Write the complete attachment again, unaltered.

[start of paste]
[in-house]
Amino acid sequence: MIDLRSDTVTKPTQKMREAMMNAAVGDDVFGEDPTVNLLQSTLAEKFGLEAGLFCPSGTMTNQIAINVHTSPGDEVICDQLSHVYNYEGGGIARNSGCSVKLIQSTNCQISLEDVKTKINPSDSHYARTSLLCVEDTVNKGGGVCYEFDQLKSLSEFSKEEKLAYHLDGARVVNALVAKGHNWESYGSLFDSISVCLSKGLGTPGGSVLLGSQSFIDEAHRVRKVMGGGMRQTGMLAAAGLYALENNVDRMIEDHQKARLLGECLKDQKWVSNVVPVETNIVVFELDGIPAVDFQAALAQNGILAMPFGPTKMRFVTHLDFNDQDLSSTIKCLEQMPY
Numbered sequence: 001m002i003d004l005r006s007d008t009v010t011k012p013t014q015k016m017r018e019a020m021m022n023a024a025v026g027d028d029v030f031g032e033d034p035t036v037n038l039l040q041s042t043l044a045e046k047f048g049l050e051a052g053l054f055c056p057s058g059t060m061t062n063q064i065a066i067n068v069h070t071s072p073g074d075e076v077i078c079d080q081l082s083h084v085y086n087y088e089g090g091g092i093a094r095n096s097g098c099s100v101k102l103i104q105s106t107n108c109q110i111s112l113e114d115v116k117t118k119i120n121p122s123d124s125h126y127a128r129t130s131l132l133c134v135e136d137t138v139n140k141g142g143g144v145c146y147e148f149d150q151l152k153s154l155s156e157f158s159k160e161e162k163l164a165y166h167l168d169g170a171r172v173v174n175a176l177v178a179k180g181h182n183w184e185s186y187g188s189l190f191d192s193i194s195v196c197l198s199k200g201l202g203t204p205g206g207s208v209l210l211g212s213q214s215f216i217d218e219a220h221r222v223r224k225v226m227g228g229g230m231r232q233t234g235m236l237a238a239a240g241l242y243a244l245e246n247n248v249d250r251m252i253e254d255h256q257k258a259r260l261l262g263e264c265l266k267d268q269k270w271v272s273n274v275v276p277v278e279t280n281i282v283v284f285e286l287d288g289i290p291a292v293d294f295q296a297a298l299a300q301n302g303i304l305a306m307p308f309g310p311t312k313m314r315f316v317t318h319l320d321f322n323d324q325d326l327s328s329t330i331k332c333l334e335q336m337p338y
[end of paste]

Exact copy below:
[in-house]
Amino acid sequence: MIDLRSDTVTKPTQKMREAMMNAAVGDDVFGEDPTVNLLQSTLAEKFGLEAGLFCPSGTMTNQIAINVHTSPGDEVICDQLSHVYNYEGGGIARNSGCSVKLIQSTNCQISLEDVKTKINPSDSHYARTSLLCVEDTVNKGGGVCYEFDQLKSLSEFSKEEKLAYHLDGARVVNALVAKGHNWESYGSLFDSISVCLSKGLGTPGGSVLLGSQSFIDEAHRVRKVMGGGMRQTGMLAAAGLYALENNVDRMIEDHQKARLLGECLKDQKWVSNVVPVETNIVVFELDGIPAVDFQAALAQNGILAMPFGPTKMRFVTHLDFNDQDLSSTIKCLEQMPY
Numbered sequence: 001m002i003d004l005r006s007d008t009v010t011k012p013t014q015k016m017r018e019a020m021m022n023a024a025v026g027d028d029v030f031g032e033d034p035t036v037n038l039l040q041s042t043l044a045e046k047f048g049l050e051a052g053l054f055c056p057s058g059t060m061t062n063q064i065a066i067n068v069h070t071s072p073g074d075e076v077i078c079d080q081l082s083h084v085y086n087y088e089g090g091g092i093a094r095n096s097g098c099s100v101k102l103i104q105s106t107n108c109q110i111s112l113e114d115v116k117t118k119i120n121p122s123d124s125h126y127a128r129t130s131l132l133c134v135e136d137t138v139n140k141g142g143g144v145c146y147e148f149d150q151l152k153s154l155s156e157f158s159k160e161e162k163l164a165y166h167l168d169g170a171r172v173v174n175a176l177v178a179k180g181h182n183w184e185s186y187g188s189l190f191d192s193i194s195v196c197l198s199k200g201l202g203t204p205g206g207s208v209l210l211g212s213q214s215f216i217d218e219a220h221r222v223r224k225v226m227g228g229g230m231r232q233t234g235m236l237a238a239a240g241l242y243a244l245e246n247n248v249d250r251m252i253e254d255h256q257k258a259r260l261l262g263e264c265l266k267d268q269k270w271v272s273n274v275v276p277v278e279t280n281i282v283v284f285e286l287d288g289i290p291a292v293d294f295q296a297a298l299a300q301n302g303i304l305a306m307p308f309g310p311t312k313m314r315f316v317t318h319l320d321f322n323d324q325d326l327s328s329t330i331k332c333l334e335q336m337p338y